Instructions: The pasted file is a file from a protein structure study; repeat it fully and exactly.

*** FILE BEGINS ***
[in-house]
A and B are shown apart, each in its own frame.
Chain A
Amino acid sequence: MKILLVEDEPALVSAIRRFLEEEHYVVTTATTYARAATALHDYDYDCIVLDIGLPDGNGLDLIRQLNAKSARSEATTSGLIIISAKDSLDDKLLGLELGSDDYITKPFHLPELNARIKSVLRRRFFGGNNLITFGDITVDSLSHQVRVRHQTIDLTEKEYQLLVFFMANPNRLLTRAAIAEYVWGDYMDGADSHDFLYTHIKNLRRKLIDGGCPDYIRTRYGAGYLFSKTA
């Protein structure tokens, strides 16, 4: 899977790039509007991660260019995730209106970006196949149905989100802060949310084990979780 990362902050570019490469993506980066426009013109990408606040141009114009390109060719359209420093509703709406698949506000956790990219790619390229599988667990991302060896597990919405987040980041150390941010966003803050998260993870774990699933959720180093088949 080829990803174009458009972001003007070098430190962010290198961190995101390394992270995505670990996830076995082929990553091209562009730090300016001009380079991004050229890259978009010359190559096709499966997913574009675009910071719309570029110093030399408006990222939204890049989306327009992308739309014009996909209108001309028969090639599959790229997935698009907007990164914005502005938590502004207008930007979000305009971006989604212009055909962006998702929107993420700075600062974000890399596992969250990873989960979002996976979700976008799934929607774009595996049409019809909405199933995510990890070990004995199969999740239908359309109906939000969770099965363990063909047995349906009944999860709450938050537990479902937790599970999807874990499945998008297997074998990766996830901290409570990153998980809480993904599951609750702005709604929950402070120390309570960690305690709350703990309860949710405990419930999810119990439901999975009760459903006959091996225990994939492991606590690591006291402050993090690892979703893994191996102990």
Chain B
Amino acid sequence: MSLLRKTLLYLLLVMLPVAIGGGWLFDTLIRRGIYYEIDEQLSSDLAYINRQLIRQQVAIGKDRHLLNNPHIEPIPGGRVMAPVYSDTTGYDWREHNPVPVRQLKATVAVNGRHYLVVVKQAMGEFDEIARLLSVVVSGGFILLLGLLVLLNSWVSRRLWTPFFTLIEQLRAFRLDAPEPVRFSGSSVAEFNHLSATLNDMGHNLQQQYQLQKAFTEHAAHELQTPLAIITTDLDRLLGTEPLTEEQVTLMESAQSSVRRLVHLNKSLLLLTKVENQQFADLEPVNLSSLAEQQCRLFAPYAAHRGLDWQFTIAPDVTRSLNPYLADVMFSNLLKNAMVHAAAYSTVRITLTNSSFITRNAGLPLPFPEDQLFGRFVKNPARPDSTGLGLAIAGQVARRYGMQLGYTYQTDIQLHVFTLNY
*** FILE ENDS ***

[in-house]
A and B are shown apart, each in its own frame.
Chain A
Amino acid sequence: MKILLVEDEPALVSAIRRFLEEEHYVVTTATTYARAATALHDYDYDCIVLDIGLPDGNGLDLIRQLNAKSARSEATTSGLIIISAKDSLDDKLLGLELGSDDYITKPFHLPELNARIKSVLRRRFFGGNNLITFGDITVDSLSHQVRVRHQTIDLTEKEYQLLVFFMANPNRLLTRAAIAEYVWGDYMDGADSHDFLYTHIKNLRRKLIDGGCPDYIRTRYGAGYLFSKTA
């Protein structure tokens, strides 16, 4: 899977790039509007991660260019995730209106970006196949149905989100802060949310084990979780 990362902050570019490469993506980066426009013109990408606040141009114009390109060719359209420093509703709406698949506000956790990219790619390229599988667990991302060896597990919405987040980041150390941010966003803050998260993870774990699933959720180093088949 080829990803174009458009972001003007070098430190962010290198961190995101390394992270995505670990996830076995082929990553091209562009730090300016001009380079991004050229890259978009010359190559096709499966997913574009675009910071719309570029110093030399408006990222939204890049989306327009992308739309014009996909209108001309028969090639599959790229997935698009907007990164914005502005938590502004207008930007979000305009971006989604212009055909962006998702929107993420700075600062974000890399596992969250990873989960979002996976979700976008799934929607774009595996049409019809909405199933995510990890070990004995199969999740239908359309109906939000969770099965363990063909047995349906009944999860709450938050537990479902937790599970999807874990499945998008297997074998990766996830901290409570990153998980809480993904599951609750702005709604929950402070120390309570960690305690709350703990309860949710405990419930999810119990439901999975009760459903006959091996225990994939492991606590690591006291402050993090690892979703893994191996102990």
Chain B
Amino acid sequence: MSLLRKTLLYLLLVMLPVAIGGGWLFDTLIRRGIYYEIDEQLSSDLAYINRQLIRQQVAIGKDRHLLNNPHIEPIPGGRVMAPVYSDTTGYDWREHNPVPVRQLKATVAVNGRHYLVVVKQAMGEFDEIARLLSVVVSGGFILLLGLLVLLNSWVSRRLWTPFFTLIEQLRAFRLDAPEPVRFSGSSVAEFNHLSATLNDMGHNLQQQYQLQKAFTEHAAHELQTPLAIITTDLDRLLGTEPLTEEQVTLMESAQSSVRRLVHLNKSLLLLTKVENQQFADLEPVNLSSLAEQQCRLFAPYAAHRGLDWQFTIAPDVTRSLNPYLADVMFSNLLKNAMVHAAAYSTVRITLTNSSFITRNAGLPLPFPEDQLFGRFVKNPARPDSTGLGLAIAGQVARRYGMQLGYTYQTDIQLHVFTLNY